Electrochemistry can be pretty vexing, and hence, expensive.

  • I love Limor's pink hair! Somebody dye Nate's hair "Fireball Sparkfun Red".

  • I don't think you are. Although the price is kind of high, assuming that were to drop, these things look very much simpler, and there is less dexterity and planning involved. It might be a great way to show a 4 year old robots, or an older child that shows no interest in building complicated things (I assume these exist; mine certainly aren't like that, nor was I, nor anyone I knew). Very quick, ad hoc demonstrations to school kids ought to be really easy.

    I like the idea of these. I just find them out of my price range for diddling around.

  • Maybe. I think that it is possible, though, to have a very healthy respect for intellectual property and still oppose this stuff. The problem, clearly, is that giving anyone the power to shut down a site without due process is just asking for trouble. We have a lot of very confused legislation, I think, when it comes to being able to literally charge property for crimes (most forfeiture laws applied in organized crime cases are like that) while not having anyone advocate for the property.

    I love open source stuff, but even more so in the context of a society that will vigorously pursue intellectual property claims if the creator reserves the rights to the IP. It makes it an even more admirable gesture. Making it the norm is not necessary, and will dissuade some people from creating things. Information should belong to the creator. If they choose to free it, I applaud and support it. If not, I decide whether it is worth paying for without knowing all I could. Sometimes the answer is yes.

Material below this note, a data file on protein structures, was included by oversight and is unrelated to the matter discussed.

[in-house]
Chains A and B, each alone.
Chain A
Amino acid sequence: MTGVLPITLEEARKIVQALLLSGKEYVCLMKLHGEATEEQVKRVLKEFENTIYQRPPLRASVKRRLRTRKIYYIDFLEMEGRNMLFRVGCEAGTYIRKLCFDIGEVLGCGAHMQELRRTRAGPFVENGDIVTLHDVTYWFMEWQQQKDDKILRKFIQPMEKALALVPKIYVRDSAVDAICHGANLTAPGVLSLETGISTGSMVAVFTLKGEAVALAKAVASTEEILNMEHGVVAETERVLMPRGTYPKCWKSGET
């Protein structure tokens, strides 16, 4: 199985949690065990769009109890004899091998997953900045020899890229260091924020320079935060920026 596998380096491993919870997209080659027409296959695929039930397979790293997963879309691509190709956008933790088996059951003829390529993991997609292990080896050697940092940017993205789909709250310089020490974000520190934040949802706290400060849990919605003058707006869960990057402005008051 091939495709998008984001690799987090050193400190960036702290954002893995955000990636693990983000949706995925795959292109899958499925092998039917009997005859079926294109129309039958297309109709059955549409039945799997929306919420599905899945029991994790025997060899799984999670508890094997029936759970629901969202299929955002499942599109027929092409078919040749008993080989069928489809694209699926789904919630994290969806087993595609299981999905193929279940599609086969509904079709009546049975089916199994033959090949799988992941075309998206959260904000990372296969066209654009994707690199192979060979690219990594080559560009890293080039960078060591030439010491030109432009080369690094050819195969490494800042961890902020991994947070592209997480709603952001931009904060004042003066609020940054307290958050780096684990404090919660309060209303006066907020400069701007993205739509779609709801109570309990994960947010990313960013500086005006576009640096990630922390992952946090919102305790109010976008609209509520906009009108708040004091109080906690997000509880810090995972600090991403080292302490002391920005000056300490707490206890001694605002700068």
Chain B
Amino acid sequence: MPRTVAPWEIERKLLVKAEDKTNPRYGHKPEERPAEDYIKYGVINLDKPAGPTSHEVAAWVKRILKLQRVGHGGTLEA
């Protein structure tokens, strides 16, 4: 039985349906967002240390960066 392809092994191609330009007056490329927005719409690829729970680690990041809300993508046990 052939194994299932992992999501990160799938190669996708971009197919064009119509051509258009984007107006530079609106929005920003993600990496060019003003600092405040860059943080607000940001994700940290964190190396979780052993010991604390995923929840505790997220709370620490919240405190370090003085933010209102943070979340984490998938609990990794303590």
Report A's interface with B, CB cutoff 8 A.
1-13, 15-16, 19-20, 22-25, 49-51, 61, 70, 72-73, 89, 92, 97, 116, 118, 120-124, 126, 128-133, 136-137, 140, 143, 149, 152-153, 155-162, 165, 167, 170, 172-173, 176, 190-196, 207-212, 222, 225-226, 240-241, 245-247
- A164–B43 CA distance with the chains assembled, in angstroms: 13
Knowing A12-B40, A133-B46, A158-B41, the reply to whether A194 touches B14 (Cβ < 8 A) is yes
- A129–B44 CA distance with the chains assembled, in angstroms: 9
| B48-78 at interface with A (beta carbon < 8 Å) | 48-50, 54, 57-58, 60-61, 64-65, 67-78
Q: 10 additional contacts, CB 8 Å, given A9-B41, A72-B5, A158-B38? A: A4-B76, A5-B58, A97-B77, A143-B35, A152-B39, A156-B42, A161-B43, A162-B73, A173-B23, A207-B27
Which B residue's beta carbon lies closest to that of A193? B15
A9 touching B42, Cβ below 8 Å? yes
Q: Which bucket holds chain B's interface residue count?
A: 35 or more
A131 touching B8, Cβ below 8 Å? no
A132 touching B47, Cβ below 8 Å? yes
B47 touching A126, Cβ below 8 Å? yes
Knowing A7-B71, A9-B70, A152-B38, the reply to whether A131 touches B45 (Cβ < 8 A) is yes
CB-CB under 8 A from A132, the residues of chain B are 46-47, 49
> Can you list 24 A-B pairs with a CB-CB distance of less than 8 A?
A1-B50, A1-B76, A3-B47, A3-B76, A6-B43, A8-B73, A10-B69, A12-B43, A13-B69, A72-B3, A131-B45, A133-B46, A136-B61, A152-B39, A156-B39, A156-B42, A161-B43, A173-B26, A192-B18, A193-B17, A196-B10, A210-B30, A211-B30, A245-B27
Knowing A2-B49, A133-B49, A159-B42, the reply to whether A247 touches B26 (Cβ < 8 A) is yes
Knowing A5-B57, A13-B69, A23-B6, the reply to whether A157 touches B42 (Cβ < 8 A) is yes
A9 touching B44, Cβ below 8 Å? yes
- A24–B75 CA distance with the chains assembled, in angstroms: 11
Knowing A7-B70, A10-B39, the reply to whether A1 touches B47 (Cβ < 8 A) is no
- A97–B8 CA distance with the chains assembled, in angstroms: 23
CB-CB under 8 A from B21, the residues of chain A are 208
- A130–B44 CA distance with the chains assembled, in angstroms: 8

Wishing for, or cheering on, revolution is imprudent, because 'we' almost never prevail. Some elite does, and the position of ordinary folks gets worse. There are counter-examples. But for every American Revolution, there are dozens of Reigns of Terror or Killing Fields also lurking. Freedom from coercion, for us ordinary people, against those with tons of money, is what we really need. Patents and copyrights have their place. So does open source. Let it be done by choice, not by the tyranny of the moneyed class nor the mob.

  • I'm sure that's just around the corner. I'm hoping the geek takes over in him before the scamp gets out of control. The other geeks in the house have him surrounded...

  • I think it is cool, too. My 6 year old son is a bit overwhelmed by the Mindstorms stuff (though he does like to take things that his older brother makes and put heads and limbs on them from other lego stuff...) It is a bit pricy, but I think we are getting to see this at a not quite ready for prime time stage. If it is a really good idea, he will either scale up and the price will drop, or someone else will. If I had fewer responsibilities, it would be cool enough to buy now.

  • Quite. Although I wonder how you know so much about my parentage. I smell of elder hamsters.